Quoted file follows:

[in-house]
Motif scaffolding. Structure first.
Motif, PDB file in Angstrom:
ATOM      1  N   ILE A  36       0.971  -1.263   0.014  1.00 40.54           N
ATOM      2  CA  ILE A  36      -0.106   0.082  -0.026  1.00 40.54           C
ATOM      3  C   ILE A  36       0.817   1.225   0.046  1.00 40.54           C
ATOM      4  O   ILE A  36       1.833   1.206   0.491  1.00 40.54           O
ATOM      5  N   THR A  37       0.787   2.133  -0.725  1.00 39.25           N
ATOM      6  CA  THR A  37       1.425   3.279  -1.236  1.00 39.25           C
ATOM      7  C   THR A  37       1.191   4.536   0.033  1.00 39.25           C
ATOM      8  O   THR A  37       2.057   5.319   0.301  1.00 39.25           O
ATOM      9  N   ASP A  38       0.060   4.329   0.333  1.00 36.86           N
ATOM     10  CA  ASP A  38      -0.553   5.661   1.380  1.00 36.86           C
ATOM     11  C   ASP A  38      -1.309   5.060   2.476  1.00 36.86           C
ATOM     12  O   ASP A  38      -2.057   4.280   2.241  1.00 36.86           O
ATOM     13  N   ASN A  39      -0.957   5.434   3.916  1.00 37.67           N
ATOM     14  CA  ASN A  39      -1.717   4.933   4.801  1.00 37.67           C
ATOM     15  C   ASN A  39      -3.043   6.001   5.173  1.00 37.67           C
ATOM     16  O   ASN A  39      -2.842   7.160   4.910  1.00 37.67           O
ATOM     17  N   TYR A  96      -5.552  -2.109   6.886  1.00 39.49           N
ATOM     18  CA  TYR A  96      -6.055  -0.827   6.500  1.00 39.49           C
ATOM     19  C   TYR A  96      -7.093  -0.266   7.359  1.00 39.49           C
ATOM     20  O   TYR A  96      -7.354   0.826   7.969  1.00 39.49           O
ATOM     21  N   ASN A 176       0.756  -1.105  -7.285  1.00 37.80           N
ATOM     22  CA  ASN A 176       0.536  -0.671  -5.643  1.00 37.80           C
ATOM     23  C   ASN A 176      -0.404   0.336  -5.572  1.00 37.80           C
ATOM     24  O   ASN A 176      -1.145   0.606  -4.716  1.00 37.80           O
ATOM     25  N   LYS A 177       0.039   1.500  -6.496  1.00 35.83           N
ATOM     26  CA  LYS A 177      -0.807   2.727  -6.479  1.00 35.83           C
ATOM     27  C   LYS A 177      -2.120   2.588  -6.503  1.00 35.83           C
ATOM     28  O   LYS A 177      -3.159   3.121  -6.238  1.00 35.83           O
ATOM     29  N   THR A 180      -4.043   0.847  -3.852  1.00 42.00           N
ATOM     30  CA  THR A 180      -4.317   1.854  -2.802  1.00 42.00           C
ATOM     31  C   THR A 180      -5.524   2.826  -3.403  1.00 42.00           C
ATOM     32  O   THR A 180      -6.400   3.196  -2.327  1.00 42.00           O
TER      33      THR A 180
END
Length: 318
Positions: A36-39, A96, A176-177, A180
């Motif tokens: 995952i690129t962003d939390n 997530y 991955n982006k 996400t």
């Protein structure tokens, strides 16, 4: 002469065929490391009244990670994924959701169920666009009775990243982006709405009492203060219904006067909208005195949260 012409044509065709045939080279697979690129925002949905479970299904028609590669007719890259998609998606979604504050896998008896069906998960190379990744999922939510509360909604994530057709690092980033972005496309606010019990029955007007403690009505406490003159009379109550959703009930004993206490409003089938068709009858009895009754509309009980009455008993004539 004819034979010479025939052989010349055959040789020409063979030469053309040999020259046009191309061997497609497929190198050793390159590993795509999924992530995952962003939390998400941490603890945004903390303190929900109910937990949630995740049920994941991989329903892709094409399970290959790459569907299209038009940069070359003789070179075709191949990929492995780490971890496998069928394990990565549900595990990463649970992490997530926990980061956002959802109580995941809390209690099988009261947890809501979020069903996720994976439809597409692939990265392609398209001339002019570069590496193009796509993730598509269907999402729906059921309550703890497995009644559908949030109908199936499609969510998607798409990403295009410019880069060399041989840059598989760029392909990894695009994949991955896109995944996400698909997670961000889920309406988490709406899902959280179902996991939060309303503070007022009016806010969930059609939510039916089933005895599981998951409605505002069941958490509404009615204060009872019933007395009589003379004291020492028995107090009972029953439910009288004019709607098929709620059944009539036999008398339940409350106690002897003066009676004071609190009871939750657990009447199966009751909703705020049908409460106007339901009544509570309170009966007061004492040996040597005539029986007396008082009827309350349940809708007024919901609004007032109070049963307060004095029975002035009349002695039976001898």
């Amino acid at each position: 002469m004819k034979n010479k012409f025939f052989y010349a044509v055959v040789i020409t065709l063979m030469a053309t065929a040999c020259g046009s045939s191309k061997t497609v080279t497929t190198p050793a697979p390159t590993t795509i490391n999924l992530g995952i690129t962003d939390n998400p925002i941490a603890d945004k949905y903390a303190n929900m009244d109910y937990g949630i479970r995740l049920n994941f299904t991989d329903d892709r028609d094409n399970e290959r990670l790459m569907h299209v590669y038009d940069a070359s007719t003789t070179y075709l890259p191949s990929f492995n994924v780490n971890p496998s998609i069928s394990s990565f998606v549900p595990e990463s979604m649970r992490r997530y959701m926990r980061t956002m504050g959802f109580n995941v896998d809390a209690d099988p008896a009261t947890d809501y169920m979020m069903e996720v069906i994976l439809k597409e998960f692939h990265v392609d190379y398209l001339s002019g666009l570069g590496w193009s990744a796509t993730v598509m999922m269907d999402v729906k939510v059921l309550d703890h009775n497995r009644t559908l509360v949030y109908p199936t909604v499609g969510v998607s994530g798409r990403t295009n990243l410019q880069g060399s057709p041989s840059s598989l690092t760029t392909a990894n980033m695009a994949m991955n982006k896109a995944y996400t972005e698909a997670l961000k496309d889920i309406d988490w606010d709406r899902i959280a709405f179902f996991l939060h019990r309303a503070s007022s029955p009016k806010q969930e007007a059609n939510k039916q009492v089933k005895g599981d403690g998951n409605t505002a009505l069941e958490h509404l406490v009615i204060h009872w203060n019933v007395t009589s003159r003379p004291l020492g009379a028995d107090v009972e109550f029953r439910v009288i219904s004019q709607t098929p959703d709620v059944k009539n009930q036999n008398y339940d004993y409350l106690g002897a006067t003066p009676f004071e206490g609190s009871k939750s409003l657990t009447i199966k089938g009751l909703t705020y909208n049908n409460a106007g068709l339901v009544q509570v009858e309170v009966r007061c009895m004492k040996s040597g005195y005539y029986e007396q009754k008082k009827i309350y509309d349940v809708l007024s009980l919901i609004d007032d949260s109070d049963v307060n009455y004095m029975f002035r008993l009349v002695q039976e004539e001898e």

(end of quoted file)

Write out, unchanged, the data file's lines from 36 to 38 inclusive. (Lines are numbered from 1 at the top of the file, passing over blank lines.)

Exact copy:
TER      33      THR A 180
END
Length: 318